A recent study has linked poor environmental quality to elevated cancer rates, suggesting an association between cumulative exposure to harmful environmental factors and cancer incidence across the US, with prostate and breast cancer especially demonstrating strong links with poor environmental quality.
According to commentators, the findings might help cut the burden of cancer by allowing officials to identify vulnerable communities that needed attention.
Jyotsna S Jagai of the University of Illinois, Chicago and her colleagues studied the effects of overall environmental quality across multiple domains, including air, water and land quality; sociodemographic environment; and built environment. They linked these to the Environmental Quality Index, a county-level measure of cumulative environmental exposures, with cancer incidence rates from the Surveillance, Epidemiology, and end results programme of state cancer profiles.
The average annual county-level age-adjusted incidence rate for all types of cancer was 451 cases per 100,000 people, while counties that had poor environmental quality had higher incidence of cancer cases, on average 39 more cases per 100,000 people as against counties with high environmental quality over the study period.
Higher rates were seen in both males and females, with prostate and breast cancer demonstrating the strongest positive associations with poor environmental quality.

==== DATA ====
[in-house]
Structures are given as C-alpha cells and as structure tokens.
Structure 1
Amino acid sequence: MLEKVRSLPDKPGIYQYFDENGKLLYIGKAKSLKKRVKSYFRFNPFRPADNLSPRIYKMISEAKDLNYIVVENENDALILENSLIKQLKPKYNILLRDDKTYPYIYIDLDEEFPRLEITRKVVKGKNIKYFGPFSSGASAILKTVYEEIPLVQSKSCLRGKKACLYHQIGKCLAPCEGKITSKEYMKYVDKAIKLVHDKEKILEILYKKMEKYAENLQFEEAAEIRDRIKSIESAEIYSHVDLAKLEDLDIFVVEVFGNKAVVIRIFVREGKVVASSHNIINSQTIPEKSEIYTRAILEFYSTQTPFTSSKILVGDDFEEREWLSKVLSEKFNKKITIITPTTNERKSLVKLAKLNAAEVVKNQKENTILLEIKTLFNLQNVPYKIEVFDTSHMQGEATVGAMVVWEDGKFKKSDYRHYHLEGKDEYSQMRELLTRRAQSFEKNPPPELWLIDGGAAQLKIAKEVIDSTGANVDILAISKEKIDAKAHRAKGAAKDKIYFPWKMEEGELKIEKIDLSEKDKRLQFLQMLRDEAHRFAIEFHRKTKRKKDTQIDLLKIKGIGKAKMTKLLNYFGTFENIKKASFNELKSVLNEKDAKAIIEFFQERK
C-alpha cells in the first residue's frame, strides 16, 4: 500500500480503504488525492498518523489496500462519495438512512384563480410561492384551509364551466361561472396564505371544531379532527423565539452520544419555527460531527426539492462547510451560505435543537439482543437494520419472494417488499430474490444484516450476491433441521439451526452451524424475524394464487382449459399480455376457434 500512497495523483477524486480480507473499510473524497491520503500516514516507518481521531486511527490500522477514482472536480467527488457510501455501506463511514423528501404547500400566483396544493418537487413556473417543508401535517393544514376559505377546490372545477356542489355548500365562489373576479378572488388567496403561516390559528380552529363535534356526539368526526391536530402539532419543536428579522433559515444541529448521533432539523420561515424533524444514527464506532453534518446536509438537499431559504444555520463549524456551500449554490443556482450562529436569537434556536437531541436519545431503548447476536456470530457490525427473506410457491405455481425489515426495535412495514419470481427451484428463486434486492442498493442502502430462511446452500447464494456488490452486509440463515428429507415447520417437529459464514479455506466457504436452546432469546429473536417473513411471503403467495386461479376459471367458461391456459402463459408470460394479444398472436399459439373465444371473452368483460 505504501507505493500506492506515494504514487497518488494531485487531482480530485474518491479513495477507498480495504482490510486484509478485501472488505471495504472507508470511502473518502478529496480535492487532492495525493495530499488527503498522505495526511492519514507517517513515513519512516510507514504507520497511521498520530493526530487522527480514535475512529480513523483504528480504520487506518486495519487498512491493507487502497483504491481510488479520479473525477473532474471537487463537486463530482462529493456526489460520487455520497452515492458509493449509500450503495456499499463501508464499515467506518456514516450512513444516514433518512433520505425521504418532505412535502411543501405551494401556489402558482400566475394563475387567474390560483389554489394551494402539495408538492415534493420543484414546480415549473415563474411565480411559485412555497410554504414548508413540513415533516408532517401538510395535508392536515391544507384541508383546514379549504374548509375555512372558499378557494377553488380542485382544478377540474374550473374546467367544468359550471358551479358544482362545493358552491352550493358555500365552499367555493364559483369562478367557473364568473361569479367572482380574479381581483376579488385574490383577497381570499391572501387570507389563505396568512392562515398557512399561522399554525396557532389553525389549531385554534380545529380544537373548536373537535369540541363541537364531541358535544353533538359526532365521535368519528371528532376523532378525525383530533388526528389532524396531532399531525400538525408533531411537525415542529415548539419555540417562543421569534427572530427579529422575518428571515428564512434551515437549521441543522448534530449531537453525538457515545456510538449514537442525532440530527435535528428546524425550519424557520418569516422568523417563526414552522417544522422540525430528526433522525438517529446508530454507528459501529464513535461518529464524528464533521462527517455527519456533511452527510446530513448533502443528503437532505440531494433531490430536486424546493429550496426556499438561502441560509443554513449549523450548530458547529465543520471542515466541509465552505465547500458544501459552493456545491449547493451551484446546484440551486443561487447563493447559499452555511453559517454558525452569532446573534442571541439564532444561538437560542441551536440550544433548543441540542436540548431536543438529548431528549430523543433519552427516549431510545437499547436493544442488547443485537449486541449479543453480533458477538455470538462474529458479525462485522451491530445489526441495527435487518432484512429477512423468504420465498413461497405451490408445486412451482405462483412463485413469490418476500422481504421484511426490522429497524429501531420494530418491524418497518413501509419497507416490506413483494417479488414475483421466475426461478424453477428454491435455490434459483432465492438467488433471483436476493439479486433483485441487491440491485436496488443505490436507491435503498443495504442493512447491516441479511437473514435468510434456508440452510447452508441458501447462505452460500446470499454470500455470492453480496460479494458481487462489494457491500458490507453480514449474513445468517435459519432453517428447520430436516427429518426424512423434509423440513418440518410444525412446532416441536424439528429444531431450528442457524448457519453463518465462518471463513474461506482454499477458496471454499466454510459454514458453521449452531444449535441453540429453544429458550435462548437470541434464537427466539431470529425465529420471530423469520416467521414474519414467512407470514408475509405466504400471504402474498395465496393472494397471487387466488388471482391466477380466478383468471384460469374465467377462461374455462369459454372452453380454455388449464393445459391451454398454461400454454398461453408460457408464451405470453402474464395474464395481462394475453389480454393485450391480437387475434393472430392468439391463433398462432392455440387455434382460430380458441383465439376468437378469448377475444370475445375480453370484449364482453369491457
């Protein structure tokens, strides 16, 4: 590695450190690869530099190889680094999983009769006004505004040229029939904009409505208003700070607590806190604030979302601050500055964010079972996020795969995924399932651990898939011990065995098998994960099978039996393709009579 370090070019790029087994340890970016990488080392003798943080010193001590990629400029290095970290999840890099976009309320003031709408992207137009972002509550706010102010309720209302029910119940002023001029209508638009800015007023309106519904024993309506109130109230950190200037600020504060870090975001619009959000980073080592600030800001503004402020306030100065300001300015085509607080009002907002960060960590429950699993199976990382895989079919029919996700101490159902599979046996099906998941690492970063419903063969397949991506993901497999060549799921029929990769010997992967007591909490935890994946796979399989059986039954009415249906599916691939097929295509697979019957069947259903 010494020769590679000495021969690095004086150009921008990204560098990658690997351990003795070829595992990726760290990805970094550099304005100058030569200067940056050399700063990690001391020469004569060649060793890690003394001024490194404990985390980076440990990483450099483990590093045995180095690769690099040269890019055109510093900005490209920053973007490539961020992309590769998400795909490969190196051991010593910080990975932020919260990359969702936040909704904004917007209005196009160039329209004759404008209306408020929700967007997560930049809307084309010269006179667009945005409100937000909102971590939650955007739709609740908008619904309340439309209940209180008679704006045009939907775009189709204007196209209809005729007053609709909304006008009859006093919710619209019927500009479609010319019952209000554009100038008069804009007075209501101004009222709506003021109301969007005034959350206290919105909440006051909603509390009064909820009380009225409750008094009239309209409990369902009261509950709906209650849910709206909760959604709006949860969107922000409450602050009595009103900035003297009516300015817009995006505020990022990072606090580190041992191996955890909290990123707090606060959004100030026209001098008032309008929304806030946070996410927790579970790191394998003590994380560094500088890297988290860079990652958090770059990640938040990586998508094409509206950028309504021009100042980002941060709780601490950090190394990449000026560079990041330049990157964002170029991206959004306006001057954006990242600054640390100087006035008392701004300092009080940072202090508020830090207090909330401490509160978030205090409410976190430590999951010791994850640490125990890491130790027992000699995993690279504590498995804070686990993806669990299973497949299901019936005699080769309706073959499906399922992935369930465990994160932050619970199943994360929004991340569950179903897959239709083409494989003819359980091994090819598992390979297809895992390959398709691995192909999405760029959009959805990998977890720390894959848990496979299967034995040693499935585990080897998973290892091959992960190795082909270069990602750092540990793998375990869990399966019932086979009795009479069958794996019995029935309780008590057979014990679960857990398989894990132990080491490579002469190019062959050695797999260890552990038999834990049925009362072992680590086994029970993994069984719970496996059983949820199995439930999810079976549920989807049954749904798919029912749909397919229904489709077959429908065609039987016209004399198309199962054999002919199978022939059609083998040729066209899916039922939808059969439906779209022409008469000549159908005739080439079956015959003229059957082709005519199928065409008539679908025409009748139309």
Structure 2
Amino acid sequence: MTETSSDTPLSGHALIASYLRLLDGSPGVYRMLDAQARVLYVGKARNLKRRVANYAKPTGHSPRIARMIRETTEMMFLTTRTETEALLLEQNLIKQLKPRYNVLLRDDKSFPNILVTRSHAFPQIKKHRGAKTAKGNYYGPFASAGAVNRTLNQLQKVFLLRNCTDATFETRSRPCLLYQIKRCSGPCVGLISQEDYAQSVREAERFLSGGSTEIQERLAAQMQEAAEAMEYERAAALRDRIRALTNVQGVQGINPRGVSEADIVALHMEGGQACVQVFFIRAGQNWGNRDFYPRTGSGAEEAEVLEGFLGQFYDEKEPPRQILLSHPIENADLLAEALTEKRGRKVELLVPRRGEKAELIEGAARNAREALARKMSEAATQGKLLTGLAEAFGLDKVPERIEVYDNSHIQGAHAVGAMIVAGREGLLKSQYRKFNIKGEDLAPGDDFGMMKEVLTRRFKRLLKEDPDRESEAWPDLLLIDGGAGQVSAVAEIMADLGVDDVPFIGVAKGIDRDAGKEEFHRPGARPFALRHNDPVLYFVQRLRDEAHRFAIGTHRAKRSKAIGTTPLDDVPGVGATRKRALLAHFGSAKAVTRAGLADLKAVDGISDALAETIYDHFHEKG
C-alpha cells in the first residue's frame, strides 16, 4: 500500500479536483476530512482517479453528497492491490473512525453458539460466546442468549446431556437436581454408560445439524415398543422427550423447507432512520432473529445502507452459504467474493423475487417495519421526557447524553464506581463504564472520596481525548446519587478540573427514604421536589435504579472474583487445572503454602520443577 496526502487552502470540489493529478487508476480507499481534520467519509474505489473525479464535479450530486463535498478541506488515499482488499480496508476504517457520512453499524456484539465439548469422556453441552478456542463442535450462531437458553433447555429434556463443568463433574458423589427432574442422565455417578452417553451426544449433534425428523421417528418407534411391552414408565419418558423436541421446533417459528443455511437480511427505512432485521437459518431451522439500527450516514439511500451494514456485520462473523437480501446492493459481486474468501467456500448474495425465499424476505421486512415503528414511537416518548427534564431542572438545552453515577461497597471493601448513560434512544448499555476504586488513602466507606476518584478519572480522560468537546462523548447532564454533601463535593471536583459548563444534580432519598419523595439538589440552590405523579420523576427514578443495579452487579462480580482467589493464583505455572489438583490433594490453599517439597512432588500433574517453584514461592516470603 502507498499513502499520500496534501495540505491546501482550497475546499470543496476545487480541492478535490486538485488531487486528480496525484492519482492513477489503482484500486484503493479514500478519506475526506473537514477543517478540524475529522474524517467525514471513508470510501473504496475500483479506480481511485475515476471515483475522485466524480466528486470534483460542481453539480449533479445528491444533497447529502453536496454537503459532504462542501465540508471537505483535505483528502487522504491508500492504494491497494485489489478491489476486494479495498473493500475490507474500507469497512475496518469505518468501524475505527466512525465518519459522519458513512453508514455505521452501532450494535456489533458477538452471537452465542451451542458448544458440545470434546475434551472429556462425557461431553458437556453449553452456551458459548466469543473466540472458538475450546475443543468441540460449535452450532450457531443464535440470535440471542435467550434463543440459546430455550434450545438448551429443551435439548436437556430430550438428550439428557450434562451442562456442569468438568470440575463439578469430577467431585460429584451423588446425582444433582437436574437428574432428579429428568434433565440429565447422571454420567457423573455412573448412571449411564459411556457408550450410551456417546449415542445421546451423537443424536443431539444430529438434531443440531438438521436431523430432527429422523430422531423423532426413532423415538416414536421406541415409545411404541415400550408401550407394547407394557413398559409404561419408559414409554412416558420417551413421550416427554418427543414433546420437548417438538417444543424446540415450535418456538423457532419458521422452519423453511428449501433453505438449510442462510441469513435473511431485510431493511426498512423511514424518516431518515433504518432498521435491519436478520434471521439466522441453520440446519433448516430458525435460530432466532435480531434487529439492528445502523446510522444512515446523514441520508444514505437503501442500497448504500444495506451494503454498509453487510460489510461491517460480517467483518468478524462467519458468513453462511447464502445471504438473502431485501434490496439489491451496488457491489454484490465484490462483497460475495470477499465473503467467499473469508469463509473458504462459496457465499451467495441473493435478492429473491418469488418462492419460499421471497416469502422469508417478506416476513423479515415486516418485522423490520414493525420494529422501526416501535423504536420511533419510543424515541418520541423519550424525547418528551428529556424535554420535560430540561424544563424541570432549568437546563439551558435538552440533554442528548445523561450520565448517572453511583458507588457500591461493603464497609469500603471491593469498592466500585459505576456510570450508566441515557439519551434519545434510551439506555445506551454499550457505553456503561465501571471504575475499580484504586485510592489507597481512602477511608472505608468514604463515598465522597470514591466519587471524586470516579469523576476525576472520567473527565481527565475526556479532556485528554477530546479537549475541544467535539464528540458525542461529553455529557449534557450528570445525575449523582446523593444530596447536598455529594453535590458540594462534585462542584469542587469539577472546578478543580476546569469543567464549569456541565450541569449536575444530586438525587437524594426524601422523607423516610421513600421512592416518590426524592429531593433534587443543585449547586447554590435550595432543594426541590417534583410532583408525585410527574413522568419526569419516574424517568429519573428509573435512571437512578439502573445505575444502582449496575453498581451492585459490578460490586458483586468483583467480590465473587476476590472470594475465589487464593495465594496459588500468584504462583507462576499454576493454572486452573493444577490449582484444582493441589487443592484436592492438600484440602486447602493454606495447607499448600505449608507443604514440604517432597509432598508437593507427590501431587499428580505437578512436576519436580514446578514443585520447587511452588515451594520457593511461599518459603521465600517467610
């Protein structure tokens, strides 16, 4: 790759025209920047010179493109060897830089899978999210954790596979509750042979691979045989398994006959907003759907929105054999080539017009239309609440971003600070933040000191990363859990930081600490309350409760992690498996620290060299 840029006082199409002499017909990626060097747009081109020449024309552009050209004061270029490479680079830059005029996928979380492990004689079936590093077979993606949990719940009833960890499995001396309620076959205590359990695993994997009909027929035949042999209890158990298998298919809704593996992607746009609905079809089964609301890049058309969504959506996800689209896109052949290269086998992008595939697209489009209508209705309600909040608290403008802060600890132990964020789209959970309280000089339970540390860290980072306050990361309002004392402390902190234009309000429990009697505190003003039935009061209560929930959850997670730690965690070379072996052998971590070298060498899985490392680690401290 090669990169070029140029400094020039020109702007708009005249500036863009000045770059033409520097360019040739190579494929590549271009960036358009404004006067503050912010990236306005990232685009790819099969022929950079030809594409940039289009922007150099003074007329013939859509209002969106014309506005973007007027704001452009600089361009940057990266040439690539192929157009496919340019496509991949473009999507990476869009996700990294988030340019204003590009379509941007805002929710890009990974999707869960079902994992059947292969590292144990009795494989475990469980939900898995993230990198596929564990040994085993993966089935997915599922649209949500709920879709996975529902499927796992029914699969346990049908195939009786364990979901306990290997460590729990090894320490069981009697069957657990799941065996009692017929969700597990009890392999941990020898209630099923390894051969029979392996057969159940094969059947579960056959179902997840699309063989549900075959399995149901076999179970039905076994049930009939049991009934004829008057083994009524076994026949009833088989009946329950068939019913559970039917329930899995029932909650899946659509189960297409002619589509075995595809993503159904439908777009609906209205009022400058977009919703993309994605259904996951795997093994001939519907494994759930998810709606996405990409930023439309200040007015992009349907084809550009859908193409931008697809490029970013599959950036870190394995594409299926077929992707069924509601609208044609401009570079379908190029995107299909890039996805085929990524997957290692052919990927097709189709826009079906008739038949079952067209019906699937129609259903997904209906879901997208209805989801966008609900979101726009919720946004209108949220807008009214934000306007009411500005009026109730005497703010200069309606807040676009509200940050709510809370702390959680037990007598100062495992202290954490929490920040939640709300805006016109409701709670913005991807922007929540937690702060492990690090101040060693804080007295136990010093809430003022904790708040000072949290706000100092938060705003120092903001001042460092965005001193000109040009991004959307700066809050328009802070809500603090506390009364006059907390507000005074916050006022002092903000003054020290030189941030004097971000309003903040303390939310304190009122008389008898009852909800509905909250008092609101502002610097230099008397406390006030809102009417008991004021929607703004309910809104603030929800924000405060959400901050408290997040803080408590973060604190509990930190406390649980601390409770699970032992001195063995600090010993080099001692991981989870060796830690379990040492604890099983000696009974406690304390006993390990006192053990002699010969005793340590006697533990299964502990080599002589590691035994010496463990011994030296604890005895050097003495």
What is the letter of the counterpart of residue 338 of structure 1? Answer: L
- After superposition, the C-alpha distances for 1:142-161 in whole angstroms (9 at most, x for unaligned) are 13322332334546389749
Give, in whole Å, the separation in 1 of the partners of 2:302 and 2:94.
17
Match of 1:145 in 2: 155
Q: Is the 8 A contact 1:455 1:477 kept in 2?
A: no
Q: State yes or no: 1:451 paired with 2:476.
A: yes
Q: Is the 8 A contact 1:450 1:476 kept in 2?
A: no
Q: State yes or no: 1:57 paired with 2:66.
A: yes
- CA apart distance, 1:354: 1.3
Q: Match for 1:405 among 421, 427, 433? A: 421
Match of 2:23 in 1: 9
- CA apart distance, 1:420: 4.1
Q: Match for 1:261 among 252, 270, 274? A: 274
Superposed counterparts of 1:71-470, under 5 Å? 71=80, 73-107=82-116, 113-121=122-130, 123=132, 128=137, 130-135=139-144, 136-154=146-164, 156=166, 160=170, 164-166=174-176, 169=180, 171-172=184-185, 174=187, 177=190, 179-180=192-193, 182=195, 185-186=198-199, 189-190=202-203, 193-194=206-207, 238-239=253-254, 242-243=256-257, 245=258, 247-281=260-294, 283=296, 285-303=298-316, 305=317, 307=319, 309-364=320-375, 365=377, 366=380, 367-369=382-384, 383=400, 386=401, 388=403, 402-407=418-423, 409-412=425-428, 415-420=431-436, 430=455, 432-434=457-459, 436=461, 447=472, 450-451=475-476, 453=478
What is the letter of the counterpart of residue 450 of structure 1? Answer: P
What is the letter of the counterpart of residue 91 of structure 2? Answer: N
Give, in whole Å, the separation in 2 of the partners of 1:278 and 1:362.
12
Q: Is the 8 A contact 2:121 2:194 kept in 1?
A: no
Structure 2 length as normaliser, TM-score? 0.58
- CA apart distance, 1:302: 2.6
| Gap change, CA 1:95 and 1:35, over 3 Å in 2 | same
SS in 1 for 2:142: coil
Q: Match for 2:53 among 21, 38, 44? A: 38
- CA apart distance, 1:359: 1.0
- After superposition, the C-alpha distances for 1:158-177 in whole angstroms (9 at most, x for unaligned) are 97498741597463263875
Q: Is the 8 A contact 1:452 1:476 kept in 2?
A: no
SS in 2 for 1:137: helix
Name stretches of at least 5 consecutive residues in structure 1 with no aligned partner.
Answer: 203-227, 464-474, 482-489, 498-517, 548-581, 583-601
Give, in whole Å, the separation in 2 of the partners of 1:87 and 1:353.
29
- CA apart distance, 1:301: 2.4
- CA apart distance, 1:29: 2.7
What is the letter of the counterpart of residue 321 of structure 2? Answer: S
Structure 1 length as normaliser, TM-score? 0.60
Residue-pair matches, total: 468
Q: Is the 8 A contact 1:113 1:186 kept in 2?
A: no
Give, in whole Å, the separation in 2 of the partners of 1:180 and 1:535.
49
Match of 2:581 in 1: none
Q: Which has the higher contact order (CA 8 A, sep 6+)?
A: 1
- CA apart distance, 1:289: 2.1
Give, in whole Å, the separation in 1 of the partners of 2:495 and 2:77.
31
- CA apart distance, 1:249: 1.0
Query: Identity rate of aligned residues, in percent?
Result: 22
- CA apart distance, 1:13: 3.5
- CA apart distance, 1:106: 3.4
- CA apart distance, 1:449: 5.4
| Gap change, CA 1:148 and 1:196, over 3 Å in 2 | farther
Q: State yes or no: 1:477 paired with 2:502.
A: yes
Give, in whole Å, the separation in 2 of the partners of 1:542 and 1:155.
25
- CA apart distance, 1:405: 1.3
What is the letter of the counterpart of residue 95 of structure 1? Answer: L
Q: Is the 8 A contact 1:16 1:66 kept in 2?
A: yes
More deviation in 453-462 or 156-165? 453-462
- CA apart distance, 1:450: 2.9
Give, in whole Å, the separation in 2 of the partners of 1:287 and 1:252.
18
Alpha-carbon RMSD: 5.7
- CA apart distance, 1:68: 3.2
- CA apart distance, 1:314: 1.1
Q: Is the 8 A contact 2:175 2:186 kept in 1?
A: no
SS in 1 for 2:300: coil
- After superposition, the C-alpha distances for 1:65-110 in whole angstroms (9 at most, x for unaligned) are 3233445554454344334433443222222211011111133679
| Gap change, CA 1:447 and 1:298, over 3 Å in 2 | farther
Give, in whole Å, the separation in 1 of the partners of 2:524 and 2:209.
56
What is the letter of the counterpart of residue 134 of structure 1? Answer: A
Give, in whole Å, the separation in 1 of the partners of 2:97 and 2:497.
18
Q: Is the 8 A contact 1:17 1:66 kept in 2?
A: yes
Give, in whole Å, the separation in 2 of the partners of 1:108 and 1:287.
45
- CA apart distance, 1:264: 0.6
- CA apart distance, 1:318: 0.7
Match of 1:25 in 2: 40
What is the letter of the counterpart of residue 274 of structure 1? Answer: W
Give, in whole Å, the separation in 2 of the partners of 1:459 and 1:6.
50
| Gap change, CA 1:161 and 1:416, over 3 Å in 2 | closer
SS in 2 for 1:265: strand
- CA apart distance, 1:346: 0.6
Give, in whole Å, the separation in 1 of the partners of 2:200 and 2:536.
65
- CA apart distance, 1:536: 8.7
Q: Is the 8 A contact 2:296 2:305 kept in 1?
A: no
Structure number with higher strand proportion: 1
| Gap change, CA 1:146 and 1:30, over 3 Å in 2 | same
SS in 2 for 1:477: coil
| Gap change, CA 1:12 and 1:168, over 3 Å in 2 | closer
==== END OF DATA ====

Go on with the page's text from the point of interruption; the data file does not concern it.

''Our study is the first we are aware of to address the impact of cumulative environmental exposures on cancer incidence'', The Daily Mail quoted Jagai as saying.
''This work helps support the idea that all of the exposures we experience affect our health, and underscores the potential for social and environmental improvements to positively impact health outcomes.''
Commentators point out that lung cancer had already been linked to diesel exhausts and polycyclic aromatic hydrocarbons, produced by cars.
The reasons behind this increase were still being examined, but the study states: ''Environmental exposures can alter or interfere with a variety of biological processes, including hormone production and function, inflammation, DNA damage and gene suppression or over-expression.''